Narrator: This is Science Today. A team of researchers has discovered new insight into how a leukemia cell can gain a stronghold in bone marrow. Dr. Emmanuelle Passegue, an expert in blood disease at the University of California, San Francisco, says the leukemia cell basically remodels the microenvironment of the bone marrow cavity.
Passegue: They invade in the bone marrow cavity and form this fibrotic, very pro-inflammatory tissue, which it's kind of an invader in the bone marrow cavity and this invading fibrotic tissue is not good at all for the normal stem cell.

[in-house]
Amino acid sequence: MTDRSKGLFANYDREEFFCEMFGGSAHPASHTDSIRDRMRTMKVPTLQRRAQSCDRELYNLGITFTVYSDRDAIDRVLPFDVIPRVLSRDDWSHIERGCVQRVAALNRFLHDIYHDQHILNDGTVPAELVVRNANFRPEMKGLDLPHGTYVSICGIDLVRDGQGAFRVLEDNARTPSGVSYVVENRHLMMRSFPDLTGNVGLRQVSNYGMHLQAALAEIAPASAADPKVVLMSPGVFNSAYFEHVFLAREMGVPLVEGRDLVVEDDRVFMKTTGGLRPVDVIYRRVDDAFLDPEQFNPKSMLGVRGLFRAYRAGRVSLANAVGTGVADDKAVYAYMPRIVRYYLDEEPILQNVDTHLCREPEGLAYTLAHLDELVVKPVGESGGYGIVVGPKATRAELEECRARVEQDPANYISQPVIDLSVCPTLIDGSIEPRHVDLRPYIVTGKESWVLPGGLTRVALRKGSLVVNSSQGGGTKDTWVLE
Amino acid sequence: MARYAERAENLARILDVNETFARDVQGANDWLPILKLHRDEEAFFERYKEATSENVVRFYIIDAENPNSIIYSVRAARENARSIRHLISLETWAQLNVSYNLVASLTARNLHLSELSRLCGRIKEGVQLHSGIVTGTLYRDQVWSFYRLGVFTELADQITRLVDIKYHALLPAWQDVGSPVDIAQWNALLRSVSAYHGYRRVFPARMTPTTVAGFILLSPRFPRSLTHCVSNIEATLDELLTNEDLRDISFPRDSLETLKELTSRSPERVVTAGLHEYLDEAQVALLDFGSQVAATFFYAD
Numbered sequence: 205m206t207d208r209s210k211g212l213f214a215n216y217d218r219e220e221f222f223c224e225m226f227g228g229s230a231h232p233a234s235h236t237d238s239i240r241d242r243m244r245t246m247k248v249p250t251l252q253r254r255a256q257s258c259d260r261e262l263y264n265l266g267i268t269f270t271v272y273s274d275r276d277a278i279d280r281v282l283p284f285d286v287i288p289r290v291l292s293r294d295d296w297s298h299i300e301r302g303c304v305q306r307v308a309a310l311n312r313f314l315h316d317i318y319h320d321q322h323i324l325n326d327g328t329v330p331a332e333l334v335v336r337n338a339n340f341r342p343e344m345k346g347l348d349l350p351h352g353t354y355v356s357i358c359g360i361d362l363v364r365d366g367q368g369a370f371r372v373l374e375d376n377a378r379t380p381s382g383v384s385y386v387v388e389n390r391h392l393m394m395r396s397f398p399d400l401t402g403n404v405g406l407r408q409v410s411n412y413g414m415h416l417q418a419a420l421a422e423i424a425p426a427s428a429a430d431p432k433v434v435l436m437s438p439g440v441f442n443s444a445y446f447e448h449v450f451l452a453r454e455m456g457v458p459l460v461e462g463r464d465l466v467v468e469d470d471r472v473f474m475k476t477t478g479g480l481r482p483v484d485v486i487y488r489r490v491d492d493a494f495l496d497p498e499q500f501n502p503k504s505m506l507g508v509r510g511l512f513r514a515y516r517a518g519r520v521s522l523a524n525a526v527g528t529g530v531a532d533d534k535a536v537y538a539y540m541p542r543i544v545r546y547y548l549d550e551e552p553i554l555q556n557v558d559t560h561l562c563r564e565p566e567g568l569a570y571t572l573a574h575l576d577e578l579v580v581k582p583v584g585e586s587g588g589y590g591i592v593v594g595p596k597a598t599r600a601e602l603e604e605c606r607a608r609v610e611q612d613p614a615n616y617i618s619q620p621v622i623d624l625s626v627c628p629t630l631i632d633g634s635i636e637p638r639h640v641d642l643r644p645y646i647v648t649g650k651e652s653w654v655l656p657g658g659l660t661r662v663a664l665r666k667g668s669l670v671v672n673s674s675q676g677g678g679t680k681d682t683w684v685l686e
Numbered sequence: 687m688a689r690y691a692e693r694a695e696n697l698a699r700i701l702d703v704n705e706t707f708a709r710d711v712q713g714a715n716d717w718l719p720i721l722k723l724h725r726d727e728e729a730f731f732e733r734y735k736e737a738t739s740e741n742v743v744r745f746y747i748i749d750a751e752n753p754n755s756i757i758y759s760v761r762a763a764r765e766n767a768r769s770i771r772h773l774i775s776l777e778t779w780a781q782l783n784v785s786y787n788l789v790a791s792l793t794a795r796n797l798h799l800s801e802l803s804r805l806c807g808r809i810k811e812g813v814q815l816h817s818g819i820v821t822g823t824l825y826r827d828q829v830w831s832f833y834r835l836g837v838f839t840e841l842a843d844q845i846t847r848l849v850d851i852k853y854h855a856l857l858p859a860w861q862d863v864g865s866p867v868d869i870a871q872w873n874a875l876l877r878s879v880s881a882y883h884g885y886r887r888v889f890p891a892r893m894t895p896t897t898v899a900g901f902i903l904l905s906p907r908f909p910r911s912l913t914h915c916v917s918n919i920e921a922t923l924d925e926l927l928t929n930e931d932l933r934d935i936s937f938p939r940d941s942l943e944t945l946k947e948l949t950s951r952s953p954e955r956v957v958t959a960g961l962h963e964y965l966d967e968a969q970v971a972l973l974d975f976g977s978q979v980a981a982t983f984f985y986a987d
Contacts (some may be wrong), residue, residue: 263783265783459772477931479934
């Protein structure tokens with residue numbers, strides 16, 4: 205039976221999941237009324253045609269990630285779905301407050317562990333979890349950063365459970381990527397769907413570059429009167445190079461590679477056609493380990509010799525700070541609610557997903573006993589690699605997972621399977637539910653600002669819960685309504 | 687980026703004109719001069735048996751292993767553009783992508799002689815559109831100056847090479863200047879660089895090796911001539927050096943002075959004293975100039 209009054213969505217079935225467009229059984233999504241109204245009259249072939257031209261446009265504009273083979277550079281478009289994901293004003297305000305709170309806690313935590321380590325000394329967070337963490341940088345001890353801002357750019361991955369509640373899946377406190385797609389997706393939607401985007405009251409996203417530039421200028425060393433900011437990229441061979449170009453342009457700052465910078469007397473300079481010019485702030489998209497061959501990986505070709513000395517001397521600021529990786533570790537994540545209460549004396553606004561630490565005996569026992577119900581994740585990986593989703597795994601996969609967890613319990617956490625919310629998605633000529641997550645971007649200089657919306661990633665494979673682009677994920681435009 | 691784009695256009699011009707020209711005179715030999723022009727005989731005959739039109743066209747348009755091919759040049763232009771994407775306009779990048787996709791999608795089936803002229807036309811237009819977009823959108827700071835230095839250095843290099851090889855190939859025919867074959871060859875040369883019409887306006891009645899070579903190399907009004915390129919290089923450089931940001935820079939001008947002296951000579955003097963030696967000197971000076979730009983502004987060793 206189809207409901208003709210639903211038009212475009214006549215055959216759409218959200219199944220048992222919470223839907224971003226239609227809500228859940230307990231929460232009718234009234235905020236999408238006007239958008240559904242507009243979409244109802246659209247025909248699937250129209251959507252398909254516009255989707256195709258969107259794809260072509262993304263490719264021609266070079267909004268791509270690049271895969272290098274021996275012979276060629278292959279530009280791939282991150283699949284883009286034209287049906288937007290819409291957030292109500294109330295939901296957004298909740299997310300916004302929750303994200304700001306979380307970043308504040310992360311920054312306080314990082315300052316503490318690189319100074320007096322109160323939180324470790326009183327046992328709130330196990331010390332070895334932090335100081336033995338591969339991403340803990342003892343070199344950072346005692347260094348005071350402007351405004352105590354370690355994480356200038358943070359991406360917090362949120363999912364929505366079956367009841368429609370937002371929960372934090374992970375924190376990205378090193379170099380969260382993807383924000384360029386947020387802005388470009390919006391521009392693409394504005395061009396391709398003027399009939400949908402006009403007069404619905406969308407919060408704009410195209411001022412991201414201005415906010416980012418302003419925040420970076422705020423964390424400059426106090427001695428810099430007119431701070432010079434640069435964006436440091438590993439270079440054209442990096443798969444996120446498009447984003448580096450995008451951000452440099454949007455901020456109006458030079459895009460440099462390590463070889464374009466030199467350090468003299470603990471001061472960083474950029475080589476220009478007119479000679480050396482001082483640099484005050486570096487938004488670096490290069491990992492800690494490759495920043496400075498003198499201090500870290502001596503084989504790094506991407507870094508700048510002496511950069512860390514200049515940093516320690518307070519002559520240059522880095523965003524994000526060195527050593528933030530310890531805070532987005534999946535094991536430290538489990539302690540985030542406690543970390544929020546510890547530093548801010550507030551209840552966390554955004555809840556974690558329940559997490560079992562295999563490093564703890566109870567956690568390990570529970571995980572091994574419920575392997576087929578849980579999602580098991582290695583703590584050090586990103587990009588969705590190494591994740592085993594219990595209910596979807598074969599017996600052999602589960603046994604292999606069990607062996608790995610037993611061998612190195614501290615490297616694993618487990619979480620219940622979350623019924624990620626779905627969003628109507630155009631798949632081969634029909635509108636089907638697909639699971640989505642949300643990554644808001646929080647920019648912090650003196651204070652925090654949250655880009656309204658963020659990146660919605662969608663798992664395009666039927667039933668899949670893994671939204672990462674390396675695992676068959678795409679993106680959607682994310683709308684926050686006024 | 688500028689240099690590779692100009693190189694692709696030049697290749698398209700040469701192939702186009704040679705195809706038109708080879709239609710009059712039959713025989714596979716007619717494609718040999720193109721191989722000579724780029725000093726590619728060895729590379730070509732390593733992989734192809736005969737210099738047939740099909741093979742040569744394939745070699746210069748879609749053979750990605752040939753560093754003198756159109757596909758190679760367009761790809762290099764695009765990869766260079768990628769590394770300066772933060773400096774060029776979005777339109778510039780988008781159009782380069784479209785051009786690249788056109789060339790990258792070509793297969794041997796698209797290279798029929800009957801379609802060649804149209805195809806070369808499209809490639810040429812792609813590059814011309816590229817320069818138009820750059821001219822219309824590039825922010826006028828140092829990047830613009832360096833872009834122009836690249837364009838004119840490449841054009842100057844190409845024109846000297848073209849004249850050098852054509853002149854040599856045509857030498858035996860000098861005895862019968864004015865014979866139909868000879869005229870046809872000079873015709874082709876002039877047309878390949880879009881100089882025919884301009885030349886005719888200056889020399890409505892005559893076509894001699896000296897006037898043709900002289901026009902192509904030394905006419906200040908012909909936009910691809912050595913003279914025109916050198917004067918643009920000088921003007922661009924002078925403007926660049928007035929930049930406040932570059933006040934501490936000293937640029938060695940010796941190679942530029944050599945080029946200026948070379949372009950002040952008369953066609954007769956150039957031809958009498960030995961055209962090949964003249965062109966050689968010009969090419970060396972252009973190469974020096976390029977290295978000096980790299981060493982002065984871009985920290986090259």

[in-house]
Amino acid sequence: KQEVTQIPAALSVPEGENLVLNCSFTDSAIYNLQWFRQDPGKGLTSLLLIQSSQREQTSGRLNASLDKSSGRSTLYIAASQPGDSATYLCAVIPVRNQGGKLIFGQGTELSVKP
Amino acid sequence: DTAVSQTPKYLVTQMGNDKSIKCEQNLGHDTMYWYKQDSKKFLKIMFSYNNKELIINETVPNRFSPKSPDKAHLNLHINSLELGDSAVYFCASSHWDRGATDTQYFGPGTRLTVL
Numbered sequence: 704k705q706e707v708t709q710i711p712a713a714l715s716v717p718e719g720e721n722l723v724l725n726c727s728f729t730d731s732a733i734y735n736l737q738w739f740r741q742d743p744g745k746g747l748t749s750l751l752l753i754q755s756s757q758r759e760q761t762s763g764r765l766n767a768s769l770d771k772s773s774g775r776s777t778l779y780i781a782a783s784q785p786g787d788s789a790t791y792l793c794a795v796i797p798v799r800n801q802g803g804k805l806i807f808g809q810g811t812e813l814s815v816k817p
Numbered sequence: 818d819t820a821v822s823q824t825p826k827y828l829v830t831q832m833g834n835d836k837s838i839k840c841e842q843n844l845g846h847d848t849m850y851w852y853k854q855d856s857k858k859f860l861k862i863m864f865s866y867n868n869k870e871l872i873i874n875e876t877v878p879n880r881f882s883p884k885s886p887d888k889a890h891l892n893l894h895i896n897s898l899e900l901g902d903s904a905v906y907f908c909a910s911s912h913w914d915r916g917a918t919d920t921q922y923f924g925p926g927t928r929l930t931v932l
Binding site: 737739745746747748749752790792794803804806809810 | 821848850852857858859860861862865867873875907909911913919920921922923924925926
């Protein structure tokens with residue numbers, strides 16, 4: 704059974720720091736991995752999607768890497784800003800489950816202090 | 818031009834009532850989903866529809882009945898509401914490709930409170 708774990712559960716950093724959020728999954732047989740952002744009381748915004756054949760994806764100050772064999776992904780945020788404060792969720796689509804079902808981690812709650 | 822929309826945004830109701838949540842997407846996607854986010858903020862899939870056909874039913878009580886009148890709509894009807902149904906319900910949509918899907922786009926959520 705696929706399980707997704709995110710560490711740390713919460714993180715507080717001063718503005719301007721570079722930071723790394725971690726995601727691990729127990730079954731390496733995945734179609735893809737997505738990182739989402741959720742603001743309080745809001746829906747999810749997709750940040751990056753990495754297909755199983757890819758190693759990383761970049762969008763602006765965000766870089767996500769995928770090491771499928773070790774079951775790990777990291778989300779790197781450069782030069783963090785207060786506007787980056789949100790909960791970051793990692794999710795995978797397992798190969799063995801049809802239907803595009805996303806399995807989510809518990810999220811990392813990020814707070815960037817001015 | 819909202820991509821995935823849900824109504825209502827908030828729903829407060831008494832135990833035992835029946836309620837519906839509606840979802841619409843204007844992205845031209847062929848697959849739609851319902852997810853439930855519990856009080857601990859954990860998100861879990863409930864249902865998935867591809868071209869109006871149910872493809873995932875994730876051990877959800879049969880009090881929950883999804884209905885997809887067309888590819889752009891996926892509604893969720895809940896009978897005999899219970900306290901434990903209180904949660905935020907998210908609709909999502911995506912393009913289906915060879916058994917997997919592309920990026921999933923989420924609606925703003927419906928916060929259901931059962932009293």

Narrator: Before, it was thought that normal cells were simple squeezed out of the bone marrow due to overcrowding. So, this new understanding may lead to better treatment strategies for leukemia and other bone marrow diseases.
Passegue: There is a lot of implication for the finding we have into explaining why now the stem cell of this kind of patient is not working.
Narrator: For Science Today, I'm Larissa Branin.